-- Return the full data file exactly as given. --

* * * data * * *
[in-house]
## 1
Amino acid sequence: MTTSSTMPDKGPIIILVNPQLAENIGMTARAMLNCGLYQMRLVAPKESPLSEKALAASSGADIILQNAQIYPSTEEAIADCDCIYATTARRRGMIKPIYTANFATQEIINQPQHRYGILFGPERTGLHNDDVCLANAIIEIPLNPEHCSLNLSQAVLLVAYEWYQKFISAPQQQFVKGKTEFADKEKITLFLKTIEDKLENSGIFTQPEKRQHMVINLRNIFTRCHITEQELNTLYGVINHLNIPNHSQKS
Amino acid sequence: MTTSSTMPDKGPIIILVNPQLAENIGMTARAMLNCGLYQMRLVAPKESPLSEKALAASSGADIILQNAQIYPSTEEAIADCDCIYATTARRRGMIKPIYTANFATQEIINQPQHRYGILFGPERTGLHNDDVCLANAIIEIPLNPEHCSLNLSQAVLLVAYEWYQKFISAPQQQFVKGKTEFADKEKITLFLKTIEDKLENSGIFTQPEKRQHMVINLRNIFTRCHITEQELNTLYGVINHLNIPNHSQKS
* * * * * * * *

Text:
[in-house]
## 1
Amino acid sequence: MTTSSTMPDKGPIIILVNPQLAENIGMTARAMLNCGLYQMRLVAPKESPLSEKALAASSGADIILQNAQIYPSTEEAIADCDCIYATTARRRGMIKPIYTANFATQEIINQPQHRYGILFGPERTGLHNDDVCLANAIIEIPLNPEHCSLNLSQAVLLVAYEWYQKFISAPQQQFVKGKTEFADKEKITLFLKTIEDKLENSGIFTQPEKRQHMVINLRNIFTRCHITEQELNTLYGVINHLNIPNHSQKS
Amino acid sequence: MTTSSTMPDKGPIIILVNPQLAENIGMTARAMLNCGLYQMRLVAPKESPLSEKALAASSGADIILQNAQIYPSTEEAIADCDCIYATTARRRGMIKPIYTANFATQEIINQPQHRYGILFGPERTGLHNDDVCLANAIIEIPLNPEHCSLNLSQAVLLVAYEWYQKFISAPQQQFVKGKTEFADKEKITLFLKTIEDKLENSGIFTQPEKRQHMVINLRNIFTRCHITEQELNTLYGVINHLNIPNHSQKS